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What managers should learn from videogames

Blogginlägg   •   Aug 21, 2012 22:42 CEST

The makers of video- and computer games seem to have understood a very basic principle regarding human behavior. If we expose ourselves to an activity where we get constant feedback that we are getting better and better, and where we gradually manage to deal with challenges and problems that previously were too difficult, then the activity has an almost magnetic attraction on us. The majority of these games are constructed in such a way that they can be divided in hundreds, not to say thousands, small difficulties that we need to handle in order to proceed. Very seldom do you find a game where you spend months or years moving around blindly searching for a solution, making no apparent progress, until you finally get a revelation and break the secret code of the game. Most people get bored after just an hour or two if they don't, with some effort, make it to the the next level, find the first clue, or handle the beginner's course. The most captivating games have a multitude of such levels that gradually increases in difficulty, presenting the player with a steady stream of challenges that lie just above the his/her present level of competence.

By trial and error, use of different strategies and by getting more and more skilled with the joystick or the keyboard, within a certain critical time limit we generally manage to handle the problem we struggle with, and thereby receives a receipt of a small tasty piece of progress. This receipt brings us a brief moment of joy and elation before we shortly thereafter run inte the next hurdle. In this way it goes on, through the whole game, until we have mastered the final level, the hairiest and smelliest monster or the fastest opponent. As soon as this is done the game suddenly loosens its tight grip on us and we feel everything but motivated to start over again from the beginning.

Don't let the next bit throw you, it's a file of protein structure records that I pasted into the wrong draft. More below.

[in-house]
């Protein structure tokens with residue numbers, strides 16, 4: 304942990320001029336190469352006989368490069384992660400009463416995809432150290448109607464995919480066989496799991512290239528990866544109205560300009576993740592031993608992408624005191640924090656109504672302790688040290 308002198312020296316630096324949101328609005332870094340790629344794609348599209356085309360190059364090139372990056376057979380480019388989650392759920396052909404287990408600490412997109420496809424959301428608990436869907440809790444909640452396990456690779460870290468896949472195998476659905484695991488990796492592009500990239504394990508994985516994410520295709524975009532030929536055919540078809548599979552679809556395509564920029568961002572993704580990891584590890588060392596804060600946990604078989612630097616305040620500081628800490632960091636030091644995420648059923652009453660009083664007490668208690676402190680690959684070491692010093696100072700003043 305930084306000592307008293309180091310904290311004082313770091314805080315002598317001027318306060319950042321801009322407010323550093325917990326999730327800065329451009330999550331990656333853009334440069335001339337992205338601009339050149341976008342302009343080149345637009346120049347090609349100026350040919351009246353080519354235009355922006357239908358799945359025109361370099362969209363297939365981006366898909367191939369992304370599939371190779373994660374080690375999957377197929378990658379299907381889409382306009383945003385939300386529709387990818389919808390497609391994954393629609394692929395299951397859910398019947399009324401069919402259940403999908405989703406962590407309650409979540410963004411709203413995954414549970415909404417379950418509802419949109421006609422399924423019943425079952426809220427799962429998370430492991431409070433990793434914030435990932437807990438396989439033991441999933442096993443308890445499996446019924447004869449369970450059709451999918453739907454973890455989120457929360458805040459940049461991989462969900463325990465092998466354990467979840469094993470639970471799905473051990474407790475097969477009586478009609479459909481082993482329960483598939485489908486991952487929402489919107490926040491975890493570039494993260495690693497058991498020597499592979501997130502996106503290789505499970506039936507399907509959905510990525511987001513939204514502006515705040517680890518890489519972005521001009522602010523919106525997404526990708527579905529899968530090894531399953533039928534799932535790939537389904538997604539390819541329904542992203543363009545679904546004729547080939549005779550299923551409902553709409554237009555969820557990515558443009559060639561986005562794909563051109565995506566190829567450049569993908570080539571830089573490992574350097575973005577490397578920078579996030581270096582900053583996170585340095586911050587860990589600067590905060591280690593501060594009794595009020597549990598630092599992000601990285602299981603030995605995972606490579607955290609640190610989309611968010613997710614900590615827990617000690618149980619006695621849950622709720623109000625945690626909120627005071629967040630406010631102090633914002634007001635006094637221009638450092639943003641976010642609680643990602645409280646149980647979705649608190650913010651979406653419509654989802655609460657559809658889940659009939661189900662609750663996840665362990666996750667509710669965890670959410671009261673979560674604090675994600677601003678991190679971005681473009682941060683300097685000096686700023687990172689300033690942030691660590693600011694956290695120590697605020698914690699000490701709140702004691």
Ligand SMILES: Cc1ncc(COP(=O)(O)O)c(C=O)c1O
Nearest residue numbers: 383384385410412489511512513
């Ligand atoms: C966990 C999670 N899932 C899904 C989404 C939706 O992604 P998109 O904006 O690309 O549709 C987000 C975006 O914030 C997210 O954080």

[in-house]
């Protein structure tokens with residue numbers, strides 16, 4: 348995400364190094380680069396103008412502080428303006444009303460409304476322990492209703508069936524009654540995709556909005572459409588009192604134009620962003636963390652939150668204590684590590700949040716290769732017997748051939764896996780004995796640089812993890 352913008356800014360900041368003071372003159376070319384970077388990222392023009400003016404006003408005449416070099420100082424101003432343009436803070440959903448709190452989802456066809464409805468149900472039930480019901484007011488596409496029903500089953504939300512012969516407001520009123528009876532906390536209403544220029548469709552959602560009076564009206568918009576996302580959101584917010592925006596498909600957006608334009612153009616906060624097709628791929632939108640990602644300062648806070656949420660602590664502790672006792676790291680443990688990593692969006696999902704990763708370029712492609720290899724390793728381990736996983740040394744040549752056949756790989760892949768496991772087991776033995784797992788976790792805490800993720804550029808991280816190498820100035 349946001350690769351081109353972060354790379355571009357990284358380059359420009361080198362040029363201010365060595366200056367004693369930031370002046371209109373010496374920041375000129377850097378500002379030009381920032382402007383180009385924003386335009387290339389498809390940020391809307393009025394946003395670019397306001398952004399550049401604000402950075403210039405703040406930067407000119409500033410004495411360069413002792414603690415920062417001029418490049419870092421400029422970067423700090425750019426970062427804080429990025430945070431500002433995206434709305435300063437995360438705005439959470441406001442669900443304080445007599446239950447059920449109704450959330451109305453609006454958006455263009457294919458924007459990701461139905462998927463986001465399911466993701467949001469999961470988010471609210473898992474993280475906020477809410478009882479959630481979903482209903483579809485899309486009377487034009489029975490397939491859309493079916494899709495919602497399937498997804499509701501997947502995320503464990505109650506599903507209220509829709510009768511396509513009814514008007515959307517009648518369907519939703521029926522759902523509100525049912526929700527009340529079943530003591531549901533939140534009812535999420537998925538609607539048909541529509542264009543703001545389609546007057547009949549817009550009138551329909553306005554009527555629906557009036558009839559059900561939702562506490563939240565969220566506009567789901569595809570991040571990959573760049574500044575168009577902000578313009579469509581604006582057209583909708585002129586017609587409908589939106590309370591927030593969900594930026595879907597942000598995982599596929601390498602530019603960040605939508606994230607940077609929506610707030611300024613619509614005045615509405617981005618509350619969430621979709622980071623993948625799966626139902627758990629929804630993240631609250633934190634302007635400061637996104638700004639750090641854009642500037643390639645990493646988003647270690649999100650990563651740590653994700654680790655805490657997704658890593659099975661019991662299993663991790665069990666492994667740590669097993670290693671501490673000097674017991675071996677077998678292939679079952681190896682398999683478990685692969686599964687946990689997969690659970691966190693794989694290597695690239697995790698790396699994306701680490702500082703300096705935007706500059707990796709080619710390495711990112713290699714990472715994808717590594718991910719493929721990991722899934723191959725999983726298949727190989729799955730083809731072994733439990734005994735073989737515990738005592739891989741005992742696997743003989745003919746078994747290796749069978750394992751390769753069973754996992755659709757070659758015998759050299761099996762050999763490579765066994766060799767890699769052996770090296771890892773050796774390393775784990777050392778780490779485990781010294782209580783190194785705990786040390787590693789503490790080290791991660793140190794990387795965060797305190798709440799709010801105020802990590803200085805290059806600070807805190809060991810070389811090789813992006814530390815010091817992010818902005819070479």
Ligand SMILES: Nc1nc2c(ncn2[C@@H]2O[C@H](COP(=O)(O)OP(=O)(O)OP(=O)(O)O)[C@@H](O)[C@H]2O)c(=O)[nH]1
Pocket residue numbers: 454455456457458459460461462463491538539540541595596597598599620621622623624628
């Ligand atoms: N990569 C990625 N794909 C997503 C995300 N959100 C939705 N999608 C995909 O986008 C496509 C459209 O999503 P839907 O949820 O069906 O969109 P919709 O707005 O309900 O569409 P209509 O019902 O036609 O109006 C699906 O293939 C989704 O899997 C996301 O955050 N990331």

In a videogame the feedback about small steps of progress are, more och less, automatically generated by reaching a high score, getting through to the next level or killing the enemy. These explicit, and automatically generated, forms of feedback are not nearly as self evident when performing the majority of jobs. How does, for instance, the cashier at the super market know that he has become one step better at his job? What regular receipts does the elementary school teacher receive telling her that she have developed in her role as a educator? What is it that makes the bank clerk understand that she has taken one step forward in competence this week as compared to the week before?

Of course, even the above persons sometimes get some kind of feedback on their progress or on some problem that they have solved. The cashier receives praise from a customer for friendly reception, or manages to change the receipt roll himself for the first time. The teacher notices that little Steven finally is able to tell the difference between addition and subtraction and the clerk manages to persuade the customers from the competing bank to move their money to her own bank? Regardless of this, the majority of jobs, and tasks within jobs, are poorer in automatically giving feedback about progress to the person performing then is the case with videogames. For that reason it is pretty much up to the individuals themselves to find acceptable measures of their performance. This can be considerably facilitated with help from a supporting manager who, in cooperation with the person, divides the job tasks in measurable pieces and indicators of good performances, formulates concrete goals that are followed up, and gives attention to and encourages the employee when he/she has taken a step in the right direction.

Stefan Söderfjäll, Ph. D